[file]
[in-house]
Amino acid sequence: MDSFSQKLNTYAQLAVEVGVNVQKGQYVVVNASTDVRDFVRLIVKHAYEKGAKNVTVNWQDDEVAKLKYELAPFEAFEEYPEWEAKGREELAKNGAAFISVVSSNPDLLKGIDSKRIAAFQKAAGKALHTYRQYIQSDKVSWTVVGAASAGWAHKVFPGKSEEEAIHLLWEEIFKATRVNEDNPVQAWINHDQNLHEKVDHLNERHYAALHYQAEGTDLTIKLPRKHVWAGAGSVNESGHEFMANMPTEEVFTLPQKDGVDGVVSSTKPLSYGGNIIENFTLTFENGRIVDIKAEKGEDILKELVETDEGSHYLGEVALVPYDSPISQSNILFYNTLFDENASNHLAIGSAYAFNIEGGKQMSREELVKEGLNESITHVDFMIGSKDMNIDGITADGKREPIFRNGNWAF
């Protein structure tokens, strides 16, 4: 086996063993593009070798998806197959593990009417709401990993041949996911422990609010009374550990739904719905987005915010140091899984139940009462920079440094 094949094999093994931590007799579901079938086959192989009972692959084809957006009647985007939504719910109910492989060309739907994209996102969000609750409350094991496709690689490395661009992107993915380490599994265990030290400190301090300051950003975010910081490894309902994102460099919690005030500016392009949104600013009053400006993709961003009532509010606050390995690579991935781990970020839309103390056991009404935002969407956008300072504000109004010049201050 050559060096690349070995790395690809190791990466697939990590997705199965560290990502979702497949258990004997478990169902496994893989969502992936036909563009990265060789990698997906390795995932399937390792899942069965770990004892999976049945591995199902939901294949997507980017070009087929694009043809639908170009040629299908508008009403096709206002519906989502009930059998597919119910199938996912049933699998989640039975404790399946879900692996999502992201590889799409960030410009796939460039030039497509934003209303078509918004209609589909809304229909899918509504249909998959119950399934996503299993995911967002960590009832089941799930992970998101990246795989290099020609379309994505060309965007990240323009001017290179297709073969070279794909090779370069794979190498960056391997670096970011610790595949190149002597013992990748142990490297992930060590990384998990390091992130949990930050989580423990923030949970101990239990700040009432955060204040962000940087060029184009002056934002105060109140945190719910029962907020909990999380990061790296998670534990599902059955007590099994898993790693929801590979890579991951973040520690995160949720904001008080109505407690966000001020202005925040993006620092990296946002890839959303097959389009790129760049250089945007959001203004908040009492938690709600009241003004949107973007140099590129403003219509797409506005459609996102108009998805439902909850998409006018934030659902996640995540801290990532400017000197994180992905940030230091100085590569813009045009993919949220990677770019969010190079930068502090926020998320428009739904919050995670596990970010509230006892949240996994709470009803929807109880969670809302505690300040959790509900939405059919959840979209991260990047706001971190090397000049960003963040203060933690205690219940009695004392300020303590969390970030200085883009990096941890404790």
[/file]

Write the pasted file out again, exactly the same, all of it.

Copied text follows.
[in-house]
Amino acid sequence: MDSFSQKLNTYAQLAVEVGVNVQKGQYVVVNASTDVRDFVRLIVKHAYEKGAKNVTVNWQDDEVAKLKYELAPFEAFEEYPEWEAKGREELAKNGAAFISVVSSNPDLLKGIDSKRIAAFQKAAGKALHTYRQYIQSDKVSWTVVGAASAGWAHKVFPGKSEEEAIHLLWEEIFKATRVNEDNPVQAWINHDQNLHEKVDHLNERHYAALHYQAEGTDLTIKLPRKHVWAGAGSVNESGHEFMANMPTEEVFTLPQKDGVDGVVSSTKPLSYGGNIIENFTLTFENGRIVDIKAEKGEDILKELVETDEGSHYLGEVALVPYDSPISQSNILFYNTLFDENASNHLAIGSAYAFNIEGGKQMSREELVKEGLNESITHVDFMIGSKDMNIDGITADGKREPIFRNGNWAF
């Protein structure tokens, strides 16, 4: 086996063993593009070798998806197959593990009417709401990993041949996911422990609010009374550990739904719905987005915010140091899984139940009462920079440094 094949094999093994931590007799579901079938086959192989009972692959084809957006009647985007939504719910109910492989060309739907994209996102969000609750409350094991496709690689490395661009992107993915380490599994265990030290400190301090300051950003975010910081490894309902994102460099919690005030500016392009949104600013009053400006993709961003009532509010606050390995690579991935781990970020839309103390056991009404935002969407956008300072504000109004010049201050 050559060096690349070995790395690809190791990466697939990590997705199965560290990502979702497949258990004997478990169902496994893989969502992936036909563009990265060789990698997906390795995932399937390792899942069965770990004892999976049945591995199902939901294949997507980017070009087929694009043809639908170009040629299908508008009403096709206002519906989502009930059998597919119910199938996912049933699998989640039975404790399946879900692996999502992201590889799409960030410009796939460039030039497509934003209303078509918004209609589909809304229909899918509504249909998959119950399934996503299993995911967002960590009832089941799930992970998101990246795989290099020609379309994505060309965007990240323009001017290179297709073969070279794909090779370069794979190498960056391997670096970011610790595949190149002597013992990748142990490297992930060590990384998990390091992130949990930050989580423990923030949970101990239990700040009432955060204040962000940087060029184009002056934002105060109140945190719910029962907020909990999380990061790296998670534990599902059955007590099994898993790693929801590979890579991951973040520690995160949720904001008080109505407690966000001020202005925040993006620092990296946002890839959303097959389009790129760049250089945007959001203004908040009492938690709600009241003004949107973007140099590129403003219509797409506005459609996102108009998805439902909850998409006018934030659902996640995540801290990532400017000197994180992905940030230091100085590569813009045009993919949220990677770019969010190079930068502090926020998320428009739904919050995670596990970010509230006892949240996994709470009803929807109880969670809302505690300040959790509900939405059919959840979209991260990047706001971190090397000049960003963040203060933690205690219940009695004392300020303590969390970030200085883009990096941890404790």